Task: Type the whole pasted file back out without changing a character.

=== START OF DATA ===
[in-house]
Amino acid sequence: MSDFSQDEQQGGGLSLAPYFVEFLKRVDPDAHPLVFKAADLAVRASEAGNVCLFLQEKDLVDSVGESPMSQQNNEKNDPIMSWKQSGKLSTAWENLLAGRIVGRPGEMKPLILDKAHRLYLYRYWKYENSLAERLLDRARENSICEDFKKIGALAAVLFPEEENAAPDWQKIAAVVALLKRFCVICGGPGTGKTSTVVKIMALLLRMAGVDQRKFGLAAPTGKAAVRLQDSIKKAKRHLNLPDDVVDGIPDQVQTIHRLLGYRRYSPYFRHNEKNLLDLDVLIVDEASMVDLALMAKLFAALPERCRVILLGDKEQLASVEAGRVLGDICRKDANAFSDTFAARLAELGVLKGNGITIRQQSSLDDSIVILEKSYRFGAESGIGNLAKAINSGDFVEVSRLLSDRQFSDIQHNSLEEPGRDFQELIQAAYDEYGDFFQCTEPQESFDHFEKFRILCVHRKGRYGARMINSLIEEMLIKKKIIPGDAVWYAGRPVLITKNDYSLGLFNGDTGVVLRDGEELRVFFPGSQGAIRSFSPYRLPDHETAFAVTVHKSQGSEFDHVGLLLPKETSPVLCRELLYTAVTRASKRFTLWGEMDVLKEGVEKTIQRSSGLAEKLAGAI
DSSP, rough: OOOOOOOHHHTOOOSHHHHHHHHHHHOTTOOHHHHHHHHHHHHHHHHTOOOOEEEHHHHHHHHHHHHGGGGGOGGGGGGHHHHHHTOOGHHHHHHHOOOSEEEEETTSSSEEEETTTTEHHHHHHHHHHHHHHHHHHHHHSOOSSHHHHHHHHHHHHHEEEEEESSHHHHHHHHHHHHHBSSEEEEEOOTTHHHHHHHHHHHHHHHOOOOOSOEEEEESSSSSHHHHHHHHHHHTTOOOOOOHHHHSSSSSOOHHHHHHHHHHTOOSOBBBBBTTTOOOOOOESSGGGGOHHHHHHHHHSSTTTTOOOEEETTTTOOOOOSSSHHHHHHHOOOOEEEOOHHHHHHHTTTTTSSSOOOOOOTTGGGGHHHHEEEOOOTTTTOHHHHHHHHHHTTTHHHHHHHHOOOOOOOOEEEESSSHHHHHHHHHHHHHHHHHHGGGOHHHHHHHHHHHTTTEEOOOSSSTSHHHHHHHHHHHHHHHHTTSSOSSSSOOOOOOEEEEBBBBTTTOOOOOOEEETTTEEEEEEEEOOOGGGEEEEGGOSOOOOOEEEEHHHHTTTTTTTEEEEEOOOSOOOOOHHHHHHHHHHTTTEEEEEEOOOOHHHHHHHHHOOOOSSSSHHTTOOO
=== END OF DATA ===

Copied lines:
[in-house]
Amino acid sequence: MSDFSQDEQQGGGLSLAPYFVEFLKRVDPDAHPLVFKAADLAVRASEAGNVCLFLQEKDLVDSVGESPMSQQNNEKNDPIMSWKQSGKLSTAWENLLAGRIVGRPGEMKPLILDKAHRLYLYRYWKYENSLAERLLDRARENSICEDFKKIGALAAVLFPEEENAAPDWQKIAAVVALLKRFCVICGGPGTGKTSTVVKIMALLLRMAGVDQRKFGLAAPTGKAAVRLQDSIKKAKRHLNLPDDVVDGIPDQVQTIHRLLGYRRYSPYFRHNEKNLLDLDVLIVDEASMVDLALMAKLFAALPERCRVILLGDKEQLASVEAGRVLGDICRKDANAFSDTFAARLAELGVLKGNGITIRQQSSLDDSIVILEKSYRFGAESGIGNLAKAINSGDFVEVSRLLSDRQFSDIQHNSLEEPGRDFQELIQAAYDEYGDFFQCTEPQESFDHFEKFRILCVHRKGRYGARMINSLIEEMLIKKKIIPGDAVWYAGRPVLITKNDYSLGLFNGDTGVVLRDGEELRVFFPGSQGAIRSFSPYRLPDHETAFAVTVHKSQGSEFDHVGLLLPKETSPVLCRELLYTAVTRASKRFTLWGEMDVLKEGVEKTIQRSSGLAEKLAGAI
DSSP, rough: OOOOOOOHHHTOOOSHHHHHHHHHHHOTTOOHHHHHHHHHHHHHHHHTOOOOEEEHHHHHHHHHHHHGGGGGOGGGGGGHHHHHHTOOGHHHHHHHOOOSEEEEETTSSSEEEETTTTEHHHHHHHHHHHHHHHHHHHHHSOOSSHHHHHHHHHHHHHEEEEEESSHHHHHHHHHHHHHBSSEEEEEOOTTHHHHHHHHHHHHHHHOOOOOSOEEEEESSSSSHHHHHHHHHHHTTOOOOOOHHHHSSSSSOOHHHHHHHHHHTOOSOBBBBBTTTOOOOOOESSGGGGOHHHHHHHHHSSTTTTOOOEEETTTTOOOOOSSSHHHHHHHOOOOEEEOOHHHHHHHTTTTTSSSOOOOOOTTGGGGHHHHEEEOOOTTTTOHHHHHHHHHHTTTHHHHHHHHOOOOOOOOEEEESSSHHHHHHHHHHHHHHHHHHGGGOHHHHHHHHHHHTTTEEOOOSSSTSHHHHHHHHHHHHHHHHTTSSOSSSSOOOOOOEEEEBBBBTTTOOOOOOEEETTTEEEEEEEEOOOGGGEEEEGGOSOOOOOEEEEHHHHTTTTTTTEEEEEOOOSOOOOOHHHHHHHHHHTTTEEEEEEOOOOHHHHHHHHHOOOOSSSSHHTTOOO